While The Hunger Games’ production designer and art direction team have never been up for an award, set decorator Larry Dias was nominated for one for his work on Inception just last year.
The Hunger Games for Best Art Direction? Yes
Here’s a category that The Hunger Games could most certainly pop up in regardless of the final film’s quality, Best Music. T-Bone Burnett earned nods for the theme from Crazy Heart in 2009 and for the song “Scarlet Tide” from Cold Mountain in 2003. Then there’s James Newton Howard who was nominated three times, for his Michael Clayton score, for his Defiance score and for his score for The Village.
Now that last honor is the perfect example of a non-Oscar-worthy movie sneaking in there courtesy of a solid element. Of course I’m in the camp betting that The Hunger Games will be as good as we’re all hoping, but, just in case, Academy Awards potential could be kept alive by this category.
The Hunger Games for Best Music? Yes
Let’s go back to the Harry Potter comparison. Has there ever been a single Harry Potter cast member up for an Academy Award? No, and the same will almost definitely be true for The Hunger Games. And if the Harry Potter likeness isn’t enough to prove the point, how about Avatar or Alice in Wonderland? Or what about Hugo? It’s as simple as this: films like The Hunger Games just don’t get the acting awards.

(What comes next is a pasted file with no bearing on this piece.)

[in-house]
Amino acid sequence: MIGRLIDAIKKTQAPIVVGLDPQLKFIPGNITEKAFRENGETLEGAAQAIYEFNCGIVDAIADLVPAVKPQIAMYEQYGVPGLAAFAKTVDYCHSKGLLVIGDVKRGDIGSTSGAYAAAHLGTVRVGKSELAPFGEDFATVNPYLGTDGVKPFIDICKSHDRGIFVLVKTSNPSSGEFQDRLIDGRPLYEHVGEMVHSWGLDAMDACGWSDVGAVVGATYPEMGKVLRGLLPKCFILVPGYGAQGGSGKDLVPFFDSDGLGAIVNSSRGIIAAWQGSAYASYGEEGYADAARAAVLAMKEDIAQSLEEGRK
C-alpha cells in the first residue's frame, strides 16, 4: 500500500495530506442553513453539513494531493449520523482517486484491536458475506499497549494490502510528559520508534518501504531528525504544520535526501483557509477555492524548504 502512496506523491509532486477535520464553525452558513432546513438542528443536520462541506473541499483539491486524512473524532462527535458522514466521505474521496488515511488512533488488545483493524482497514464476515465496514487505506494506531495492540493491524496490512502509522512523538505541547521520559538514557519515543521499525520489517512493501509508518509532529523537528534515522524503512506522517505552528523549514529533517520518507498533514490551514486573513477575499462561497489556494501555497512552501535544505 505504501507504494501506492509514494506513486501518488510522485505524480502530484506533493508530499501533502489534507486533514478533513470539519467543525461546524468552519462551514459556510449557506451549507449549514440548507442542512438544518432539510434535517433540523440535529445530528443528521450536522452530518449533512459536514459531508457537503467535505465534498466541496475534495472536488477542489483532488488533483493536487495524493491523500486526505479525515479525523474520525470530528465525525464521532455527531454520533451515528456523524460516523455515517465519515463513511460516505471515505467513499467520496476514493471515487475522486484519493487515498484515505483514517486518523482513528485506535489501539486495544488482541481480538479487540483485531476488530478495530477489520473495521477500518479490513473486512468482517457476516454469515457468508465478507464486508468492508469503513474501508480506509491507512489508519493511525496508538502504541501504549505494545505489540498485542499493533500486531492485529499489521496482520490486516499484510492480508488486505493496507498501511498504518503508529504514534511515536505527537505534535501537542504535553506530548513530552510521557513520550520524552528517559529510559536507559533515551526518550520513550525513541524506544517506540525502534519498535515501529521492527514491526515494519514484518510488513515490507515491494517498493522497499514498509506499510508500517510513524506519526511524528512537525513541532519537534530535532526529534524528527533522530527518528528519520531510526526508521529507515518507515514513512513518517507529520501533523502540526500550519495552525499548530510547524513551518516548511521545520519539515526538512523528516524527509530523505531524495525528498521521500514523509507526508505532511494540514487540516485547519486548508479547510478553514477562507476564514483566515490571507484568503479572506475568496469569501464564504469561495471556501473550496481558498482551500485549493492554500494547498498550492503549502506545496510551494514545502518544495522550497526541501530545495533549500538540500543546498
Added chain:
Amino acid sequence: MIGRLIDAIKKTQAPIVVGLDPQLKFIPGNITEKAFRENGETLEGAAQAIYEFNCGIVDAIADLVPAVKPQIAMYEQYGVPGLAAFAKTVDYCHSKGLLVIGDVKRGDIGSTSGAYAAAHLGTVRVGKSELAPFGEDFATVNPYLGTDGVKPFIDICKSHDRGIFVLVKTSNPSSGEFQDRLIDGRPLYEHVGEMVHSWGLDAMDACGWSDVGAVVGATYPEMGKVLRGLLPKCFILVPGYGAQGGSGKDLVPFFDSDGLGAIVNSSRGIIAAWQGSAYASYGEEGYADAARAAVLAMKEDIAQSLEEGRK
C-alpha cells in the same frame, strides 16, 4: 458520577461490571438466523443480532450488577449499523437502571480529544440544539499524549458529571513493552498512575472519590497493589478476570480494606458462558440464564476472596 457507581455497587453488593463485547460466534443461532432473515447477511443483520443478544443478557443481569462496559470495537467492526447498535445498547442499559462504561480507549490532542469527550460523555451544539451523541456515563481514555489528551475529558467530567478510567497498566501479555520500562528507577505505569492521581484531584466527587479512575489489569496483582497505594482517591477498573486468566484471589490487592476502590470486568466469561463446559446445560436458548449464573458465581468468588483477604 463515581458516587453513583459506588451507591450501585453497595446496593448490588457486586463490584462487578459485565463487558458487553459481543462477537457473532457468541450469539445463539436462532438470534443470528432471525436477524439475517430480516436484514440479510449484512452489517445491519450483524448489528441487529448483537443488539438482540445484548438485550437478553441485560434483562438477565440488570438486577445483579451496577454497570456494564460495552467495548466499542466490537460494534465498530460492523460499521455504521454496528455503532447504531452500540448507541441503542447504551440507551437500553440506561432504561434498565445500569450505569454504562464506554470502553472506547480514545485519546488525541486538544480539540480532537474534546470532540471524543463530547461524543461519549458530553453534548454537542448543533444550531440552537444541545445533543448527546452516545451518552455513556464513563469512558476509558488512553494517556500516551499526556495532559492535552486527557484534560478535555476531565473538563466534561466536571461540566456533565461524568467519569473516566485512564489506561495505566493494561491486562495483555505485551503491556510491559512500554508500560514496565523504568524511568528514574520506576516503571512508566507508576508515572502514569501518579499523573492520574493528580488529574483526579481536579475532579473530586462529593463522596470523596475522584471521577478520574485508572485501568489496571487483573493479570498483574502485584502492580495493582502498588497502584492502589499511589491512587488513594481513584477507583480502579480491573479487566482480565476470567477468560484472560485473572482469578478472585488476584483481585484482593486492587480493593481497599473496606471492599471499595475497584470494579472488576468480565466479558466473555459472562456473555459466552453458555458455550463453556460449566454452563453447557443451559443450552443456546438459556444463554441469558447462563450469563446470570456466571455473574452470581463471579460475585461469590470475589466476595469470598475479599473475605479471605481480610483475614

Sure, you could consider Ian McKellen’s nomination for his supporting role in The Lord of the Rings: The Fellowship of the Ring or look at this year’s list of nominations and think the tides might be changing with Melissa McCarthy getting in there for a mainstream comedy, but regardless, the Best Actress odds are certainly not in Katniss’ favor.
The Hunger Games for Best Actress? No
Had the Academy stuck with the ten nomination policy for Best Picture, The Hunger Games could have had a chance, but now that only films that are ranked first by at least five percent of voters can get Best Picture nods, it’s unlikely. First off, The Hunger Games is just not the type of movie to be named Best Picture. If out of eight films, the Harry Potter franchise never managed to snag one Best Picture nod, The Hunger Games doing so on its first try is practically impossible.
Recently, the only mainstream fantastical franchise to at least get a nod is The Lord of the Rings, and as stellar as The Hunger Games is looking thus far, it’s still hard to deny the fact that Peter Jackson takes the LOTR trilogy onto an entirely different tier. As a production company, Lionsgate is certainly taking steps towards becoming a regular Oscar contender, but of its accolades, just one was for Best Picture and The Hunger Games bears absolutely no resemblance to Precious.
The Hunger Games for Best Picture? No
Please note that all of these predictions are assuming that The Hunger Games is as good as we’re all hoping it’ll be. As for whether or not it’ll even achieve that, based on the promotional material that’s been released thus far, I’m betting fans and non-fans alike will be very pleased. Of all the young adult inspired franchises out there, my money is on the Hunger Games to fill Harry Potter’s void. Then again, as far as the Academy Awards go, Harry Potter has yet to win a single one.
The Hunger Games Countdown runs here on Movies.com every other Wednesday. There are 43 days until the release.